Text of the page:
Child Labour
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Child Labour

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Child Labour Child Labour Presentation Transcript

  • BIRLA COLLEGE OF MANAGEMENT STUDIES
    • CHILD LABOUR
    • A Presentation from
    • S.Y. BMS Students
  • GROUP MEMBERS
    • PARAG AWATE(75)
    • ANUP WALHEKAR(77)
    • AJAY AVHAD(92)
    • RUCHIR KELKAR(78)
    • ANURAG SURYAVANSHI(115)
    • DEEPAK HAMIRANI(76)
  • INTRODUCTION CHILD HAS BECOME AN IMPORTANT “SOCIAL ISSUE” IN A DEVELOPING COUNTRY LIKE INDIA
  • CHILD LABOUR
    • Child labour represent a fundamental abuse of children rights are a violation of various laws.
    • Many working children are engaged in occupations that negatively affect there physical, mental and emotional wellbeing and are below their minimum age for employment
  • SPECIAL FOCUS ON INDIA
  • CHILD LABOUR IN INDIA
    • According to the amendment in child labour act 1986, a ban is imposed on employing children
      • Age group between 5-14 years
      • More than 120 million children's around the world
      • 44million children's in India
    • U.P. has the highest number of child labours
    • More than 80% are employed in villages, that also in agriculture and non-formal activities like livestock rearing, fishing etc
  • CHILD ABUSE A recent study on Child Abuse: India 2007, conducted by Ministry of Women and Child development (GOI) revealed that across different kinds of abuse, it is young children, in the 5-12 year group, who are most at risk of abuse and exploitation.
    • Two out of every three children were physically abused.
    • Out of 69% children physically abused 54.68% were boys.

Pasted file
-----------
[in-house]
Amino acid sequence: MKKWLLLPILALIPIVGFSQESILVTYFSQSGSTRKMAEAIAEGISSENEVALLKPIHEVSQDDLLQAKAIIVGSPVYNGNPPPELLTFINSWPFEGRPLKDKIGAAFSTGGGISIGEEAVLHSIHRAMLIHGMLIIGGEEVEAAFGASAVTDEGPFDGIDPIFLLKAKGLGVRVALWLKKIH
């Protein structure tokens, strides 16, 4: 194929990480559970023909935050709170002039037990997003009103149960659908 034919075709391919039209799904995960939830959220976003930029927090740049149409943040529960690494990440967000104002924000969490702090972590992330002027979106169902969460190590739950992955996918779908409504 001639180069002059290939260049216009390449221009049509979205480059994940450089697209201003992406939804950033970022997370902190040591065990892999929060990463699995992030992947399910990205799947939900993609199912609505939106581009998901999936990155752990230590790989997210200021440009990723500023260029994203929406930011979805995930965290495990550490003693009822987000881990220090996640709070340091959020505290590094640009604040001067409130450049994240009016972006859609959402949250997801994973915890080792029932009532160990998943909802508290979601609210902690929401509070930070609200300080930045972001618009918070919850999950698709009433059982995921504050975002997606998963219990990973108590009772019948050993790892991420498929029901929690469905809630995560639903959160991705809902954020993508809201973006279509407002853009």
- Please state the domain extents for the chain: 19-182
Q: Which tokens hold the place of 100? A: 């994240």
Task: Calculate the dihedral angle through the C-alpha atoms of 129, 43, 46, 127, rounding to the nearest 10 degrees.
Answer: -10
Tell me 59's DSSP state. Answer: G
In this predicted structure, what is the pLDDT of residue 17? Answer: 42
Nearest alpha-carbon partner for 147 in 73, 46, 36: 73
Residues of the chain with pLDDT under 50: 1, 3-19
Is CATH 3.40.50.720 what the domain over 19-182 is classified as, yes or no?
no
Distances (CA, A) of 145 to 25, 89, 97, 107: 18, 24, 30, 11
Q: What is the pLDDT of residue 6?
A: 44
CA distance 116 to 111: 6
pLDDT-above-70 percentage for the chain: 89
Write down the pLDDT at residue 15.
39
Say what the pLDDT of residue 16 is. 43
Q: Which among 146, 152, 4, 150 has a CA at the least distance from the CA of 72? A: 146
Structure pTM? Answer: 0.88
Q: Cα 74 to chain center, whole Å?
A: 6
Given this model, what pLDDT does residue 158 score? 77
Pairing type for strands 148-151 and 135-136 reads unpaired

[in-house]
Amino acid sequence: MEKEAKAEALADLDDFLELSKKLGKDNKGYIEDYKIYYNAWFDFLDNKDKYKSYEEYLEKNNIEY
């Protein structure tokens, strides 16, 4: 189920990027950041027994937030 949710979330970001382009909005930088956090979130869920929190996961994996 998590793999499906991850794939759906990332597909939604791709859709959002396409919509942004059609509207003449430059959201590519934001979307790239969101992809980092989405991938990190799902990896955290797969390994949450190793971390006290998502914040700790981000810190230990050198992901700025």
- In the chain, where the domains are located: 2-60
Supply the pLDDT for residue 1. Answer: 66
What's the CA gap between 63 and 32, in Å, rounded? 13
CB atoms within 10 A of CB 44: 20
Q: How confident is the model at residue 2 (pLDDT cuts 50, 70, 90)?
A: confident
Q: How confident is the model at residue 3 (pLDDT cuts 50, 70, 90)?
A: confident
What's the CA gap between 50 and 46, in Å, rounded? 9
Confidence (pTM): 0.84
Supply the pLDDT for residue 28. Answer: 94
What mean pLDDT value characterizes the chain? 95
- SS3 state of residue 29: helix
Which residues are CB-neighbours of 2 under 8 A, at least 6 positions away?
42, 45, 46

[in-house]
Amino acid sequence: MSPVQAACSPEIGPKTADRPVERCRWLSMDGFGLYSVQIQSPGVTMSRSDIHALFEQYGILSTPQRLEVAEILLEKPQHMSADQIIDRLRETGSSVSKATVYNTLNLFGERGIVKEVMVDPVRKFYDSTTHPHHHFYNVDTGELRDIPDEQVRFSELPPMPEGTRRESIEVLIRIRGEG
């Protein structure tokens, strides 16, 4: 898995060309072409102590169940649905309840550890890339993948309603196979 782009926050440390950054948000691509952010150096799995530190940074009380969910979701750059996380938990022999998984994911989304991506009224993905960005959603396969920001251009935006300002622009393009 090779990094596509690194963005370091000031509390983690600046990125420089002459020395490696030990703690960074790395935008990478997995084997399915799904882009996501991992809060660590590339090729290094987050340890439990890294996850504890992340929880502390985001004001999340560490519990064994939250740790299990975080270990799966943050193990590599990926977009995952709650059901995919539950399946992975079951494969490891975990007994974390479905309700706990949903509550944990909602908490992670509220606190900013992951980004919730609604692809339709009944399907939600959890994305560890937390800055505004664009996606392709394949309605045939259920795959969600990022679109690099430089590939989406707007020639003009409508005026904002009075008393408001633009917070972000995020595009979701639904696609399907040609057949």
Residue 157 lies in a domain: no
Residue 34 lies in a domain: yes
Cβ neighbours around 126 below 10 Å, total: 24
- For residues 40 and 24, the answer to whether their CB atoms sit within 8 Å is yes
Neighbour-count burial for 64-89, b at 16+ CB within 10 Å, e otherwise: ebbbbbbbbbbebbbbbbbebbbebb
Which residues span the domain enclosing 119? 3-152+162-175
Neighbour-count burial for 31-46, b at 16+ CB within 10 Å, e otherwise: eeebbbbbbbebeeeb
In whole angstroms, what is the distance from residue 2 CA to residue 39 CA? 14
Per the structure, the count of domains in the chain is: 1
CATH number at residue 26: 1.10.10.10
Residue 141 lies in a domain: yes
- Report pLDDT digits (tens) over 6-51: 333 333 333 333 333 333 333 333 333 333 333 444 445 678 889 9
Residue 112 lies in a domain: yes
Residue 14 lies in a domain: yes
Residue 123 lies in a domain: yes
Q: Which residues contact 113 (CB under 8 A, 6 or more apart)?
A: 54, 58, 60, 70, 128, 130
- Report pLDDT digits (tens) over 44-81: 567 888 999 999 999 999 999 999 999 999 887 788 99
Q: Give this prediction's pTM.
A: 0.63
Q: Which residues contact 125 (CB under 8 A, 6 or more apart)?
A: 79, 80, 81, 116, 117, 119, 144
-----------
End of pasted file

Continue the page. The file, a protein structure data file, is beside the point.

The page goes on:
• Over 50% children were being subjected to one or the other form of physical abuse
    • Out of those children physically abused in family situations, 88.6% were physically abused by parents.
    • The State of Andhra Pradesh, Assam, Bihar and Delhi have almost consistently reported higher rates of abuse in all forms as compared to other states.
    • 50.2% children worked seven days a week.
    PHYSICAL ABUSE
    • 53.22% children reported having faced one or more forms of sexual abuse.
    • Andhra Pradesh, Assam, Bihar and Delhi reported the highest percentage of sexual abuse among both boys and girls.
    • 21.90% child respondents reported facing severe forms of sexual abuse and 50.76% other forms of sexual abuse.
    • Children in Assam, Andhra Pradesh, Bihar and Delhi reported the highest incidence of sexual assault.
    • 50% abuses are persons known to the child or in a position of trust and responsibility.
    SEXUAL ABUSE
  • FACTS
    • According to the Indian census of 1991, there are 11.28 million working children under the age of fourteen years in India.
    • Over 85% of this child labour is in the country's rural areas, working in agricultural activities such as fanning, livestock rearing, forestry and fisheries
    • The world’s highest number of working children is in India. ILO estimates that 218 million children were involved in child labour in 2004, of which 126 million were engaged in hazardous work.
    • Estimates from 2000 study suggest that 5.7 million were in forced or bonded labour, 1.8 million in prostitution and pornography and 1.2 million were victims of trafficking. In India, 1104 lakh children are working as labourers.
    • The Hindi belt, including Bihar, Madhya Pradesh, Rajasthan and Uttar Pradesh, account for 1.27 crore working children in the country, engaged in both hazardous and non-hazardous occupations and processes.
    • Over 19 lakh child labourers in the 5-14 age group are in Uttar Pradesh. Rajasthan accounts for over 12.6 lakh workers followed by Bihar with over 11 lakh and Madhya Pradesh with 10.6 lakh.